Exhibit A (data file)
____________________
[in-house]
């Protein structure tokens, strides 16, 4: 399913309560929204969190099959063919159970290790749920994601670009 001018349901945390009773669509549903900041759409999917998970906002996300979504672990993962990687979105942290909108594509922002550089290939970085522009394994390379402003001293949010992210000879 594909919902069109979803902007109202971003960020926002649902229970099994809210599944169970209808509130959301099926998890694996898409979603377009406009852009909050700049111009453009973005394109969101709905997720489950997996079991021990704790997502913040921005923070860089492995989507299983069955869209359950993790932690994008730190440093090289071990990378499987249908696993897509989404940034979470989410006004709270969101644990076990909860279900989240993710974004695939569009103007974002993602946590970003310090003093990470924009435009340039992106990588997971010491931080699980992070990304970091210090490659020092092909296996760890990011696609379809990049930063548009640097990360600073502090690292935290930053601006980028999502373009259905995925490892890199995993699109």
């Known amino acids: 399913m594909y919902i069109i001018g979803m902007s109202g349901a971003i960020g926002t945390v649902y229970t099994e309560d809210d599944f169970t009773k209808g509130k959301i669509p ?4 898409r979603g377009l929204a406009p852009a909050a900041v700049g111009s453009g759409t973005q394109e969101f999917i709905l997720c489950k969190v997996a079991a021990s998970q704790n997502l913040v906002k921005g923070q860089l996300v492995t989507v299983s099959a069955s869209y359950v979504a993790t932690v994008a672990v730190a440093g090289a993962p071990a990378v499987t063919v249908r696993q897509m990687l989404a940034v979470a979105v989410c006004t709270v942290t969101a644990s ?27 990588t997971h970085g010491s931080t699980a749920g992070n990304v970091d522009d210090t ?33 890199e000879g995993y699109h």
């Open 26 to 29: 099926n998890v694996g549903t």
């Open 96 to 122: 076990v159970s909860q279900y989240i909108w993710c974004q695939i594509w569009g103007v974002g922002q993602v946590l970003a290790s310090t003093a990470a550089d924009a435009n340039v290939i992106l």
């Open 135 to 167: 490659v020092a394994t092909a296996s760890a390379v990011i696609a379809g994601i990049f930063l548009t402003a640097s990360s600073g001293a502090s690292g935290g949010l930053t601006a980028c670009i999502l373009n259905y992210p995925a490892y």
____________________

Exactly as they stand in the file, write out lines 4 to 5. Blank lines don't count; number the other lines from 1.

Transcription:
């Open 26 to 29: 099926n998890v694996g549903t």
């Open 96 to 122: 076990v159970s909860q279900y989240i909108w993710c974004q695939i594509w569009g103007v974002g922002q993602v946590l970003a290790s310090t003093a990470a550089d924009a435009n340039v290939i992106l």